When manufacturing the whole heat exchanger 1B, the lid bodies 74A, 74B, and 74C are fitted in and temporarily fastened to the openings of the chambers A, B, and C, respectively, of the header 70, and similarly, the lid bodies 84D and 84E are fitted in and temporarily fastened to the openings of the chambers D and E, respectively, of the header 80. In a state where the flat tubes 30 and the fins 40 are all assembled, the whole is joined by brazing at the same time.
      The flow of refrigerant in the heat exchanger 1A will be described with reference to FIG. 12 below. Here, the flow of refrigerant in the case where the heat exchanger 1A is used as an evaporator. In FIG. 12, the solid arrows show the flow of refrigerant.
      Two-phase gas-liquid refrigerant flowing through the refrigerant inlet pipe 10 a flows into the chamber A, flows from one end to the other end of a flat tube group connected to the chamber A, and flows into the chamber D. The refrigerant flowing into the chamber D makes a U-turn here, flows from one end to the other end of another flat tube group connected to the chamber D, and flows into the chamber B. The refrigerant flowing into the chamber B makes a U-turn here, flows from one end to the other end of another flat tube group connected to the chamber B, and flows into the chamber E. The refrigerant flowing into the chamber E makes a U-turn here, and flows from one end to the other end of another flat tube group connected to the chamber E. The refrigerant flowing out of this other end merges in the chamber C, and flows through the refrigerant outlet pipe 20 a to the outside.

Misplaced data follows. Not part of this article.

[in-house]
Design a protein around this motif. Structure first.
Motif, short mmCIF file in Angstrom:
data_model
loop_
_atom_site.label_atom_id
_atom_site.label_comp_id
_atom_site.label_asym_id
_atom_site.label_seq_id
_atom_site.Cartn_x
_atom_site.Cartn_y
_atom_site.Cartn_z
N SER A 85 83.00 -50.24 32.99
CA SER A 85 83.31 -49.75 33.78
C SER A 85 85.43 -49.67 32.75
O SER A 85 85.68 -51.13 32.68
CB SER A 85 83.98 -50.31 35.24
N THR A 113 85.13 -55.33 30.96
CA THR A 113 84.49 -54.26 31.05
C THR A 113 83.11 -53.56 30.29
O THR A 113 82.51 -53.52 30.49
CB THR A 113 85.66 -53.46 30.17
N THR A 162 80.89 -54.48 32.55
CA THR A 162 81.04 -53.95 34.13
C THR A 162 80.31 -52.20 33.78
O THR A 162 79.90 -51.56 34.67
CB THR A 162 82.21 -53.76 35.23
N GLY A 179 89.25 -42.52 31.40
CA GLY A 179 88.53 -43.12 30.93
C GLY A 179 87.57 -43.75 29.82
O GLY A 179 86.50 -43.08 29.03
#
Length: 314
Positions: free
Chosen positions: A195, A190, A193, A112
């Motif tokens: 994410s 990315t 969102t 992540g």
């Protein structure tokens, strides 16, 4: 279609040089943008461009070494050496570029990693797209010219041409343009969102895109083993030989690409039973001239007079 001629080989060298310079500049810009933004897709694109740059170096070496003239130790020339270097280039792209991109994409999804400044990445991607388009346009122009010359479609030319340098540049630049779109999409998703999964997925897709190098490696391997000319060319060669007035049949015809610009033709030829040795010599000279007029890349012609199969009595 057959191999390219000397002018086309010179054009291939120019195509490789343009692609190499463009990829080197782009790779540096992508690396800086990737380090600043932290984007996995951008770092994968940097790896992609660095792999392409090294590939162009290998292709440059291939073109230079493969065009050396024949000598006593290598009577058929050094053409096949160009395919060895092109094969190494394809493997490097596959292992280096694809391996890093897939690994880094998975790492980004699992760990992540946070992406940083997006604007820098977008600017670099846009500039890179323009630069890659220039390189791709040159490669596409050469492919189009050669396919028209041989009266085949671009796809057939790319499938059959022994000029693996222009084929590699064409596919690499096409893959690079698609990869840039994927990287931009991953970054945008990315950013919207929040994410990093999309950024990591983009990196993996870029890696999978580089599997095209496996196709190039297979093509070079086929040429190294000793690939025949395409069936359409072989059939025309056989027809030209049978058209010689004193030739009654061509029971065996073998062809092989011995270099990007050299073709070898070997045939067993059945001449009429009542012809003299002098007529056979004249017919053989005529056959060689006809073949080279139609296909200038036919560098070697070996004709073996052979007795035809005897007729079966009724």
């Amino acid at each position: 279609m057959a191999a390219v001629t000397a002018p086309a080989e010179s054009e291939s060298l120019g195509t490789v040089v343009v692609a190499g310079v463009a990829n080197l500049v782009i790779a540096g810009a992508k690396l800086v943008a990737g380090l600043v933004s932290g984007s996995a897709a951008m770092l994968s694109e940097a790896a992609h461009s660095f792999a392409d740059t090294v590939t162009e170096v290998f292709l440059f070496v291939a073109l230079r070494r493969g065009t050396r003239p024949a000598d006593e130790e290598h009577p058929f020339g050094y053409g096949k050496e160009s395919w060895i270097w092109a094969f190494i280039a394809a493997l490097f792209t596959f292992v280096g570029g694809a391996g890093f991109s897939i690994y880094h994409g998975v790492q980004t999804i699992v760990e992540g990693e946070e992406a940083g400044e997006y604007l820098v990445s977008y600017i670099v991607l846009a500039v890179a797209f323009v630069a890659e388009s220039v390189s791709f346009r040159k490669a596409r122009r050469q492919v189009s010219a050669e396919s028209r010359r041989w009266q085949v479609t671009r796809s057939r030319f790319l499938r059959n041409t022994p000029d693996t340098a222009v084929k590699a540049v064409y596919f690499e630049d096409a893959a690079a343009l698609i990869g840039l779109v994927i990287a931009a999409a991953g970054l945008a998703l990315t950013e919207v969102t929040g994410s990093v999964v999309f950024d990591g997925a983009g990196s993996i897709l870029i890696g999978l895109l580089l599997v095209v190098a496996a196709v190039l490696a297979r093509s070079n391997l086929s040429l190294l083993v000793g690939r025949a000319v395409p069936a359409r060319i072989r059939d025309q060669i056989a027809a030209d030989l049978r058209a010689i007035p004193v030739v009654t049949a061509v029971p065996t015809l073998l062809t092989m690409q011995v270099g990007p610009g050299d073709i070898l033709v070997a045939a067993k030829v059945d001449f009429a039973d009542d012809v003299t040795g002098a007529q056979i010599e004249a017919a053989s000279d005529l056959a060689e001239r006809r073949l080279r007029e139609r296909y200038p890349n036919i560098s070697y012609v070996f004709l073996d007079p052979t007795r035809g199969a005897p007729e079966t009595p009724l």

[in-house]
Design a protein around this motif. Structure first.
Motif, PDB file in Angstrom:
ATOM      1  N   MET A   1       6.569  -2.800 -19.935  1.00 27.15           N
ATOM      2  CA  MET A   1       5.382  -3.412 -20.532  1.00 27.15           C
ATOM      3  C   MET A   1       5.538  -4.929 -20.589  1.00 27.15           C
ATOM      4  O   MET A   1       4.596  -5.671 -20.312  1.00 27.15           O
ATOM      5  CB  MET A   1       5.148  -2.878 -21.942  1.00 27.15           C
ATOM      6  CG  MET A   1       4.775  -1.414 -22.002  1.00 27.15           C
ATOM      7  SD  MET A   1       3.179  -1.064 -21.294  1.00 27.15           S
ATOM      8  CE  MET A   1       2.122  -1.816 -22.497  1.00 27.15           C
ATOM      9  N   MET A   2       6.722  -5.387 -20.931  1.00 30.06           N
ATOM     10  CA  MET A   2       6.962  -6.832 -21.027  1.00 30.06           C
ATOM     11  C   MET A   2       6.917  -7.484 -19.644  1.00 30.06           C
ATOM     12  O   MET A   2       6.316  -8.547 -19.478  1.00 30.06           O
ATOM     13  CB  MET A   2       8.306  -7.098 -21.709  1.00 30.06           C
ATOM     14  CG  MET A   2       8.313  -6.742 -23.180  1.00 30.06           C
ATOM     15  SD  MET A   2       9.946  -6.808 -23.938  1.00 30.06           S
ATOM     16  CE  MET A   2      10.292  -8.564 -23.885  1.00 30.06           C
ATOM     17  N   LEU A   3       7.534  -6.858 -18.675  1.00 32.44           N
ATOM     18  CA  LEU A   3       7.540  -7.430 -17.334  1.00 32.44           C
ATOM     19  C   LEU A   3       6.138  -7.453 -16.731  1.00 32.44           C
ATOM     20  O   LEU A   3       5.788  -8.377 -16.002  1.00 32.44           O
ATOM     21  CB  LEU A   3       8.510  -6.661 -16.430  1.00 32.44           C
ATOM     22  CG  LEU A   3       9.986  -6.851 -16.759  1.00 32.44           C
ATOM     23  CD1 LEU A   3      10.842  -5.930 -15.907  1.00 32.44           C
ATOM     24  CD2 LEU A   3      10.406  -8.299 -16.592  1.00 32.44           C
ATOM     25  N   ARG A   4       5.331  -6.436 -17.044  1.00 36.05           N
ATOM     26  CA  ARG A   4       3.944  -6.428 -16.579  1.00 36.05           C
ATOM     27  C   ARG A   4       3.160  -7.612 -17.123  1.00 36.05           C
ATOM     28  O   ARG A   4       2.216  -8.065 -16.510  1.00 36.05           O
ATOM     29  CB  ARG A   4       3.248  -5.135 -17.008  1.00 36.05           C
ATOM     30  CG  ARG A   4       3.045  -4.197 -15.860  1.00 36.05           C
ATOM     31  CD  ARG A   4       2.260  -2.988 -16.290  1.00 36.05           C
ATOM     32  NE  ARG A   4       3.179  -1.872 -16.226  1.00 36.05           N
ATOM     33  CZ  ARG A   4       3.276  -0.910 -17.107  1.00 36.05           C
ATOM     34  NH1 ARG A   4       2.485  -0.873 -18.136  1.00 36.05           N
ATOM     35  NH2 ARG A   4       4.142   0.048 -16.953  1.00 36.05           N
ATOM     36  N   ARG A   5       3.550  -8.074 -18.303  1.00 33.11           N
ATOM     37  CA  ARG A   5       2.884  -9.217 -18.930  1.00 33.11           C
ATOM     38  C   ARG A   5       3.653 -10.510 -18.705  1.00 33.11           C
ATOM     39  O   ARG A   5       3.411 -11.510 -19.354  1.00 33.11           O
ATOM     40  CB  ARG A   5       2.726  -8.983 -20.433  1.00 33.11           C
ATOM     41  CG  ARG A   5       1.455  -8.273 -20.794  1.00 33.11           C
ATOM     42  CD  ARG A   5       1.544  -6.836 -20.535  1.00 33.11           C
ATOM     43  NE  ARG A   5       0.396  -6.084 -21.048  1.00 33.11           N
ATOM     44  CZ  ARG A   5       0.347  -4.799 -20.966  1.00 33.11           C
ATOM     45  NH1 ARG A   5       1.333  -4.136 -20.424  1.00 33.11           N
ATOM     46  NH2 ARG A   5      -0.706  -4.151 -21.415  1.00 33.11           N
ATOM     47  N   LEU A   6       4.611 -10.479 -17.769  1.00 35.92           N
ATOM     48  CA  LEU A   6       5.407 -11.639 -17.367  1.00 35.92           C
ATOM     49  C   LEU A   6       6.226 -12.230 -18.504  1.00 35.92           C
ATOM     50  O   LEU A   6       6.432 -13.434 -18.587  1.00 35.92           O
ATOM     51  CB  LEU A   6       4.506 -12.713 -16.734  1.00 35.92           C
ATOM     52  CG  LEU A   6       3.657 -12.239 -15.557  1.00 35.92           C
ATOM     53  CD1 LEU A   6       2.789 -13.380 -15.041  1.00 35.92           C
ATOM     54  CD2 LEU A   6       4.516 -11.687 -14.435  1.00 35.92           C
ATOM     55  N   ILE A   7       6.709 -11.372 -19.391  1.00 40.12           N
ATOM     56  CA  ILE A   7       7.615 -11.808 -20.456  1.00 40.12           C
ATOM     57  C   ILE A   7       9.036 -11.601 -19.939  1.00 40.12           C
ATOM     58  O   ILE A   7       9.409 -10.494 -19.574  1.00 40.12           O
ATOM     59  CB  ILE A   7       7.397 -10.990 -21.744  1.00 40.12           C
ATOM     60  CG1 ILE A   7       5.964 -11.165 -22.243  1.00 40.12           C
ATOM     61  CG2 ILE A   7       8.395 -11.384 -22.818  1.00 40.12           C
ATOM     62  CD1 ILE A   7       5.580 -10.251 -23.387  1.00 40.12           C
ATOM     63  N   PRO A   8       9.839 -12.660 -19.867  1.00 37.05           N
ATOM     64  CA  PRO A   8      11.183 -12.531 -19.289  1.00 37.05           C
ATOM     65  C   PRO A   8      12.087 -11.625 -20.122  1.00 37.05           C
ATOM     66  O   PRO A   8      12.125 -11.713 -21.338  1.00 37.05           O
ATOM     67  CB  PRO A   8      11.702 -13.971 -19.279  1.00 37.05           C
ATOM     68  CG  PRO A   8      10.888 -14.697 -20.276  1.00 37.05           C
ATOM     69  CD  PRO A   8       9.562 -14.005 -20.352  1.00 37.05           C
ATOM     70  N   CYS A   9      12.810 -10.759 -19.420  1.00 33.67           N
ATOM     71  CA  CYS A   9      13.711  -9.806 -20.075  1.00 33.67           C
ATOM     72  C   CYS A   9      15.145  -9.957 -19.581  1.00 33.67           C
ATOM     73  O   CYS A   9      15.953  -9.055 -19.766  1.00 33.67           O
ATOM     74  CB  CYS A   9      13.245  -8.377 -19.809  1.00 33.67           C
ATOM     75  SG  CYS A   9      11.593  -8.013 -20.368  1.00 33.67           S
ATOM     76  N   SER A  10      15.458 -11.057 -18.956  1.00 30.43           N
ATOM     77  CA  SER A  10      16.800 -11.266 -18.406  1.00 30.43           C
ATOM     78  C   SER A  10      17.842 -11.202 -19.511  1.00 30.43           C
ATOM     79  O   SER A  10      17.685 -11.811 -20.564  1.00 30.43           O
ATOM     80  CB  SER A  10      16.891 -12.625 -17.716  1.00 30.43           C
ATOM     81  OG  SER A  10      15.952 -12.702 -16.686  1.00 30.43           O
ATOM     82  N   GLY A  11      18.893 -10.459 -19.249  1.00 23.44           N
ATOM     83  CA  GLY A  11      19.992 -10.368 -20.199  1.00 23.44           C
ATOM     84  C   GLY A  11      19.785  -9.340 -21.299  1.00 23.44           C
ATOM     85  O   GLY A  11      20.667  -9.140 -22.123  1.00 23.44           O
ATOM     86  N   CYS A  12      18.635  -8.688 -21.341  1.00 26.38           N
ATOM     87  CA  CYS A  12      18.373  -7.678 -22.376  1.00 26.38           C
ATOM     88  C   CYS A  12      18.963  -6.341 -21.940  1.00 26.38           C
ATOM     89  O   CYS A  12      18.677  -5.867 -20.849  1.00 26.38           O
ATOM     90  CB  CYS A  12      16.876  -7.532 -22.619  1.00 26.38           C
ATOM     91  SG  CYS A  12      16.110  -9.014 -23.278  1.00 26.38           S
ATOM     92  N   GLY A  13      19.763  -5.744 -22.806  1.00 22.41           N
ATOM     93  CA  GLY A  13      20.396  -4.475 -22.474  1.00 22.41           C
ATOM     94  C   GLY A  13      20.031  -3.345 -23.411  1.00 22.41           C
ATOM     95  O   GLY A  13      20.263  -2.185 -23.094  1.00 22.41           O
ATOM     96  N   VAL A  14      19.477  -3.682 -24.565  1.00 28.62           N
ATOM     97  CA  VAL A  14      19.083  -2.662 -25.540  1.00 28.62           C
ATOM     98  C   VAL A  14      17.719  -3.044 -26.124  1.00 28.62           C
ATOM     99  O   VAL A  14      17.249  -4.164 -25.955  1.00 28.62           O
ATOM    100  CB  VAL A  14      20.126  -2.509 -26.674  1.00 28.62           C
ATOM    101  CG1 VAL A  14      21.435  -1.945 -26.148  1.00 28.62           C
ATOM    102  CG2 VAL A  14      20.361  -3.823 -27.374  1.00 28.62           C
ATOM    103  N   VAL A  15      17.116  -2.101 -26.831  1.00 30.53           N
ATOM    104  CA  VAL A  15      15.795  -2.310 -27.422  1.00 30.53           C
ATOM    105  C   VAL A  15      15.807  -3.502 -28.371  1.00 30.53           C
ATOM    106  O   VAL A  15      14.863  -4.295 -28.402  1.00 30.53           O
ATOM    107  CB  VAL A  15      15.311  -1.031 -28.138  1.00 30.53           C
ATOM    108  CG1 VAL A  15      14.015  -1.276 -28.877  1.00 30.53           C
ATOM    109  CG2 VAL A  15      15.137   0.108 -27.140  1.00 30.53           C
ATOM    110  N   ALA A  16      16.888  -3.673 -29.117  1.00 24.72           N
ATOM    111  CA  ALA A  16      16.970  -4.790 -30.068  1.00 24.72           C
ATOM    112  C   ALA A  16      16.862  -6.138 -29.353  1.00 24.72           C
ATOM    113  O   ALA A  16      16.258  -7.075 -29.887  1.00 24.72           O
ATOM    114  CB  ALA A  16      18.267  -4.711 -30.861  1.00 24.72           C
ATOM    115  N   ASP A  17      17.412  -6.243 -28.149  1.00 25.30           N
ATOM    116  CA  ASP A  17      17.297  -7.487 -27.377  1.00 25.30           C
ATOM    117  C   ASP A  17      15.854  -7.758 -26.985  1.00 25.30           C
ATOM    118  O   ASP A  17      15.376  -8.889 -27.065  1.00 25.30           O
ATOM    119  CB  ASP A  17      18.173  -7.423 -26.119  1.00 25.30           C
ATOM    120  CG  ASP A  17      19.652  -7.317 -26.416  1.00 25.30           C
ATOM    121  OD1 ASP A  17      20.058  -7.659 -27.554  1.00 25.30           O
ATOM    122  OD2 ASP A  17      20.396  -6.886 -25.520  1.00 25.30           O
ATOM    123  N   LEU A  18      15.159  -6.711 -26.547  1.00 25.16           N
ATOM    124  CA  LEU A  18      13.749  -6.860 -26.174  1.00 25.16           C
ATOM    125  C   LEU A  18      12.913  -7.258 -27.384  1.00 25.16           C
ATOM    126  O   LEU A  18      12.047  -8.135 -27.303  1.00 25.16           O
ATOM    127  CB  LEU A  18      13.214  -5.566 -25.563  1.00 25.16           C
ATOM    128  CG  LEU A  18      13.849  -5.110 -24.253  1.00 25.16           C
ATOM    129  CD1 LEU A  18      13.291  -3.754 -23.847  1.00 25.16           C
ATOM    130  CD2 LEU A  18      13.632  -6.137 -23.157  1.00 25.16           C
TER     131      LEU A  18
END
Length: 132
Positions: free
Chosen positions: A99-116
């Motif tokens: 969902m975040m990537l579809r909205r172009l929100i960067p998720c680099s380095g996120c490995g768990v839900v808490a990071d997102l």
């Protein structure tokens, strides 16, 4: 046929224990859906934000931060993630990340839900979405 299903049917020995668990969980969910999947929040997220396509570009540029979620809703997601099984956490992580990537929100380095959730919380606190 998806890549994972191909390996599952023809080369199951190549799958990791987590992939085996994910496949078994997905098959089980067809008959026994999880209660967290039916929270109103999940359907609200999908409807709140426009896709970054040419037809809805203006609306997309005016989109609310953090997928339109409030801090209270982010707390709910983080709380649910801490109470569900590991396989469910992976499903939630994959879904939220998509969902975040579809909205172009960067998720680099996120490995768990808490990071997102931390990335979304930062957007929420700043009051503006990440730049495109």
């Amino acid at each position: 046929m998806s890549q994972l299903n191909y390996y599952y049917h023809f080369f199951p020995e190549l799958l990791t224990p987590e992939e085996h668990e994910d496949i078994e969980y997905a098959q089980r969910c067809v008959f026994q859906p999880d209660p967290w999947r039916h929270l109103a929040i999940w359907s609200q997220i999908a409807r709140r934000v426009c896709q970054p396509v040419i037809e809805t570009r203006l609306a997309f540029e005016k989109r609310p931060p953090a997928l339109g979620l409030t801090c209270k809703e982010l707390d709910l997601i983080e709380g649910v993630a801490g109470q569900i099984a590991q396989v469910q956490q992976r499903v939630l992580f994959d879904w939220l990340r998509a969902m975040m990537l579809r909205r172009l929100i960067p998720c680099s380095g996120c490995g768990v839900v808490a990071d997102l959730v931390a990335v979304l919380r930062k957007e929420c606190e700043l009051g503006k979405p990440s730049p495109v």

In the above flow of refrigerant, since grooves 14 are provided so as to face the refrigerant inlet side end of each flat tube group, as in Embodiment 1, an uneven flow of refrigerant is suppressed by the effect of surface tension of liquid refrigerant, and refrigerant is substantially equally distributed from each chamber to each pass.
      As described above, according to Embodiment 2, also in a U-turn flow passage type heat exchanger, the same advantageous effects as Embodiment 1 can be obtained.
      In Embodiment 2, in the plurality of protrusions 15 formed on the lid bodies 74B, 84D, and 84E of the chambers B, D, and E serving as U-turn chambers, the positions of the ends closest to the border between the inlet side through-hole group and the outlet side through-hole group are all the same. However, they may be as shown in FIG. 14.